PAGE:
The VAT hike has stimulated inflation but there is more at work. We are now seeing the long-term effects of Quantitative Easing and the use of debt to finance further government borrowing. A consequence of printing money is to devalue it – hence the collapse in Sterling and ever more expensive imports, notably crude oil, a commodity which itself has doubled in price over 12 months. With no current plans to arrest government spending, the future looks miserable.

You know, between this and the unwarranted cuntogram I’ve just had from HMRC, I’m considering dropping out of the whole fucking rat race.

I fucking hate what these cunts have done to my country and the difficulty of simply ‘being’ in this country is wearing me down.

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And if you’re thinking, “well it’s better than Haiti”, I’d invite you to go fuck yourself in the eye-socket with a rusty fork.

AJ

UPDATE: As ever, the excellent Wat Tyler provides sober, and indeed sobering, analysis.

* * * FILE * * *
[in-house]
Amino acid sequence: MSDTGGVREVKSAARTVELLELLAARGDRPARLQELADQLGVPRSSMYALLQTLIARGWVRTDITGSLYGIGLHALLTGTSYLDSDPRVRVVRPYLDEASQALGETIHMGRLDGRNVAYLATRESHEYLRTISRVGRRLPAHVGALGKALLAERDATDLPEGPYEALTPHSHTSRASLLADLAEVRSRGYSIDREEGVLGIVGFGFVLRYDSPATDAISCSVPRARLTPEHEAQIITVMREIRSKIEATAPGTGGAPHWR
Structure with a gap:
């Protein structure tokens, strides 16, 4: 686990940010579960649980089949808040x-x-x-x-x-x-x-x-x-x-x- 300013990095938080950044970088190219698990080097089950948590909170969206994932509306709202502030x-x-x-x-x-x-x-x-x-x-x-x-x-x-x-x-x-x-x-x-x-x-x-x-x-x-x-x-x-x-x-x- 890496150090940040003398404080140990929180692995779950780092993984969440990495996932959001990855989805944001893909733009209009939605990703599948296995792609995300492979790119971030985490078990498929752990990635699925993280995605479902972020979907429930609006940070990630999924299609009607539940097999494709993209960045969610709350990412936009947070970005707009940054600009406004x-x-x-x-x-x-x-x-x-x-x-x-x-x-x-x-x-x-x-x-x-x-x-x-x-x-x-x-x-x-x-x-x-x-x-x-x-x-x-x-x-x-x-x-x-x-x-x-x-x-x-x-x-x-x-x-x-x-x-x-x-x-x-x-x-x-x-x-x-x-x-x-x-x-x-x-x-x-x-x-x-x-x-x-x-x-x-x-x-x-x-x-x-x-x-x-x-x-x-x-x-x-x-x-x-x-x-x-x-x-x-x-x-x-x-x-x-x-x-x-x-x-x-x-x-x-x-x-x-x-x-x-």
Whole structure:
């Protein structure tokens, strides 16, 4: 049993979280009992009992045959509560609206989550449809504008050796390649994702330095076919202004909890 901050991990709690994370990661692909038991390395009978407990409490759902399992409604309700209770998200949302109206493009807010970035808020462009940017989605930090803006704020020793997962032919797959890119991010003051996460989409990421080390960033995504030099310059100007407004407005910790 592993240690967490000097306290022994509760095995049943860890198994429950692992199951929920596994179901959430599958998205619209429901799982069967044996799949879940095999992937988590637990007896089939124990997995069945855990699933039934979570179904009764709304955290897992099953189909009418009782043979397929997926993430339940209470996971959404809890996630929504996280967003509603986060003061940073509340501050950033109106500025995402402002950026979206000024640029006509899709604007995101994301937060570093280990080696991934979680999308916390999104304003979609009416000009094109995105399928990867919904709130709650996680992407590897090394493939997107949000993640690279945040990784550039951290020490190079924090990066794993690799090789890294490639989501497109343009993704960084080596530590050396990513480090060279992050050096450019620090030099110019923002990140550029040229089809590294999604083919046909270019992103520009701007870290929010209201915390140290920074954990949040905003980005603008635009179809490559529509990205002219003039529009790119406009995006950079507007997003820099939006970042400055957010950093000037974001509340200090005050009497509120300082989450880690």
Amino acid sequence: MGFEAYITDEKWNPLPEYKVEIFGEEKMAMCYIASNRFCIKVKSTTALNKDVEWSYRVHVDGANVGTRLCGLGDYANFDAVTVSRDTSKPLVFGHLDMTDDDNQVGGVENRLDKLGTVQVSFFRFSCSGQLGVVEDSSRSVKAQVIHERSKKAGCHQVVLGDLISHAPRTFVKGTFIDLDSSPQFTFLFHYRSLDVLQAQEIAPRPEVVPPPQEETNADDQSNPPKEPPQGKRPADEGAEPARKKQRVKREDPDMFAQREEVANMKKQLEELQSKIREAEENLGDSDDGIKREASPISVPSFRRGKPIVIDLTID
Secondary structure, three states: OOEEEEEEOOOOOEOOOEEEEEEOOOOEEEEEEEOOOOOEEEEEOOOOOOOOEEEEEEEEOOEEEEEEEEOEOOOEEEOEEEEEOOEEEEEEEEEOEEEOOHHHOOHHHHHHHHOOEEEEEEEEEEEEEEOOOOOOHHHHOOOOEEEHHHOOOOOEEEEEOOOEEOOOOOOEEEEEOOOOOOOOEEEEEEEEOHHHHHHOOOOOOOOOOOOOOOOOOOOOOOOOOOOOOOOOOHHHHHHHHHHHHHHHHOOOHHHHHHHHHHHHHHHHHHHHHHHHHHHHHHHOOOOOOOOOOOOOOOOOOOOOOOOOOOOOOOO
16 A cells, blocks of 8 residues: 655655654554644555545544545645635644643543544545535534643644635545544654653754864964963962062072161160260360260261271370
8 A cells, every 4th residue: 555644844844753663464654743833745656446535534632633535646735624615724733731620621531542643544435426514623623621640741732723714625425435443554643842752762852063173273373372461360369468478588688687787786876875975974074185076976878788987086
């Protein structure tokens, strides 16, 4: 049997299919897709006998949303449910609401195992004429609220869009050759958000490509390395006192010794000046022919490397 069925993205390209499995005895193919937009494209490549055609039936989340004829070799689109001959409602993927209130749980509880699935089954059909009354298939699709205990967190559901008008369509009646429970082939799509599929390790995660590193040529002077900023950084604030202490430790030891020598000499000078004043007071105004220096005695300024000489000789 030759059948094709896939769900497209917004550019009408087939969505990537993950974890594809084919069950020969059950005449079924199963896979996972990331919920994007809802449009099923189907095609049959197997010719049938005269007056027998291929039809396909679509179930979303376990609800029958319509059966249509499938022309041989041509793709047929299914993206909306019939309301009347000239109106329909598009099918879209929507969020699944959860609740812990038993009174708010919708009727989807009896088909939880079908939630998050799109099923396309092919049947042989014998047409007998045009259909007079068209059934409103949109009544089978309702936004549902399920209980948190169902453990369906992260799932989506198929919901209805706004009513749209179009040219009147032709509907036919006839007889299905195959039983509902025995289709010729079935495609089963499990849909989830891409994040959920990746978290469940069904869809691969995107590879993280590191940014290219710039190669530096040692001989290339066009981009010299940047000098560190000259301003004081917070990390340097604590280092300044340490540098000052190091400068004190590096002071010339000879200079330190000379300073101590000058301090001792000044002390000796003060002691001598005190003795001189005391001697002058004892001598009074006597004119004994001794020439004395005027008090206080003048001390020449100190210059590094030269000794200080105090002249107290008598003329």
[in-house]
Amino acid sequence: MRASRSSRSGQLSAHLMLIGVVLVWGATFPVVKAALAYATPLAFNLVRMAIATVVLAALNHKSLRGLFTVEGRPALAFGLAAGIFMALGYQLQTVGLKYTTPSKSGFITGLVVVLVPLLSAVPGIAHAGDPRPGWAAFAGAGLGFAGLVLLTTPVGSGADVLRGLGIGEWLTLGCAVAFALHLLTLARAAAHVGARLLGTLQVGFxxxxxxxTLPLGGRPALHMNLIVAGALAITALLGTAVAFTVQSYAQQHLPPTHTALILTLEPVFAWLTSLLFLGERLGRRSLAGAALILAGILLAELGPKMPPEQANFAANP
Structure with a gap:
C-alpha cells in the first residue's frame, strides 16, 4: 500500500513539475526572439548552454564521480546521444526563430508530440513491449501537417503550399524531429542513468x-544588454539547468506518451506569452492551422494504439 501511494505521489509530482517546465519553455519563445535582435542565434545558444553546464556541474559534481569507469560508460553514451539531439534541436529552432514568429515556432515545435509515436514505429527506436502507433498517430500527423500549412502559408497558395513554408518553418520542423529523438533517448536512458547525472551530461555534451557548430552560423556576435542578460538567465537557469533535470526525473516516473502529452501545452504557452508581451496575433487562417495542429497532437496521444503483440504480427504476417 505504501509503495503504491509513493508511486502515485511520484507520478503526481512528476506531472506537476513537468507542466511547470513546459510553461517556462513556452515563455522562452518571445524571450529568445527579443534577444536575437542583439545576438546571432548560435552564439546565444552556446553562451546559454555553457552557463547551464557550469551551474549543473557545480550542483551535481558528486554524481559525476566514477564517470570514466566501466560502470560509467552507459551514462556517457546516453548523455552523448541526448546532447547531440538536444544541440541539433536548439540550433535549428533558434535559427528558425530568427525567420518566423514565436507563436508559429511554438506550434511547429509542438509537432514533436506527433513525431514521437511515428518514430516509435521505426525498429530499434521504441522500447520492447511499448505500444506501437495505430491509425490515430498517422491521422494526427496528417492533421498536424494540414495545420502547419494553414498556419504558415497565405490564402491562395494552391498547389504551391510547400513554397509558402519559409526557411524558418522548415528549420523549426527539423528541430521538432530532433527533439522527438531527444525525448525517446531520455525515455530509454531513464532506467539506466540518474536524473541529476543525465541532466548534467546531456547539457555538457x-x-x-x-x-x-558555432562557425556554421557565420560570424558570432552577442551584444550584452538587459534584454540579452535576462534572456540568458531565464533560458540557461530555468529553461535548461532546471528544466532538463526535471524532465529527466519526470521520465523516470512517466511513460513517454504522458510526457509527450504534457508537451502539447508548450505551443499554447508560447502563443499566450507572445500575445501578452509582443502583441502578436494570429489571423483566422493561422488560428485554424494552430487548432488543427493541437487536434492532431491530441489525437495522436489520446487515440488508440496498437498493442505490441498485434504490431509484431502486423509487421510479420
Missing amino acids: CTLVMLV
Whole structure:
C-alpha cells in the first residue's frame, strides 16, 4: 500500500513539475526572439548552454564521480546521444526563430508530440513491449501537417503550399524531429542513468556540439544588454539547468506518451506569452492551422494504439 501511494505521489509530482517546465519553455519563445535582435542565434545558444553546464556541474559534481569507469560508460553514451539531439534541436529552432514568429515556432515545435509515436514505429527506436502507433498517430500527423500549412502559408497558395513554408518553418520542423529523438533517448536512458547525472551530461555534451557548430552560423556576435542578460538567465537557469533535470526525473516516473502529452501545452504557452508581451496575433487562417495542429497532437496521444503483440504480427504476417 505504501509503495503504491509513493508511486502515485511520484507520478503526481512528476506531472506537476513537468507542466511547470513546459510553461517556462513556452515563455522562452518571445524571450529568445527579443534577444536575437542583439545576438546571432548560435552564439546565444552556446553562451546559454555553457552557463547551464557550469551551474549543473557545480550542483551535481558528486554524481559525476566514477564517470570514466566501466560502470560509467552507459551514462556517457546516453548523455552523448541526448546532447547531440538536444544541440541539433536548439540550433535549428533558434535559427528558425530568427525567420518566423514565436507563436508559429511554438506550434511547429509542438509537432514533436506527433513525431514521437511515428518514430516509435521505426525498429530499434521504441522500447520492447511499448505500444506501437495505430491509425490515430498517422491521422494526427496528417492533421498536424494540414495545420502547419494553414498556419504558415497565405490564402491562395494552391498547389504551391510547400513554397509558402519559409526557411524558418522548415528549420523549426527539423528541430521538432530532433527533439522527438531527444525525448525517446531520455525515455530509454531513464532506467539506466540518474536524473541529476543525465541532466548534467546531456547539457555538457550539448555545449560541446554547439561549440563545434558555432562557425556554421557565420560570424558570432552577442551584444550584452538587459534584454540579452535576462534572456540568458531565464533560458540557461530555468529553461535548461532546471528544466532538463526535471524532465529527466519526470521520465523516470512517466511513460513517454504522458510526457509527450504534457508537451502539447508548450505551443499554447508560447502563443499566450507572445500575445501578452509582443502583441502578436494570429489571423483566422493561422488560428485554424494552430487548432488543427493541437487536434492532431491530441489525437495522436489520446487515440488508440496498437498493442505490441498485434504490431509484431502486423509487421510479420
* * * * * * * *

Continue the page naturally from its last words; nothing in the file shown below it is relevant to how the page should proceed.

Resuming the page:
RPI inflation has increased by the biggest monthly amount since 1979 – ie back amid the wreckage left by the last Labour government.

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Here we go again

We’re right back to the inflation tax: anyone with a bank or building society savings account, and anyone with a private pension is going to get seriously whacked.

Care? As we’ve blogged many times (eg here) socialists hate savers. Savers constitute the rentier class living off the backs of the workers. They deserve whatever they get, right up to and including being stood up against the wall and shot.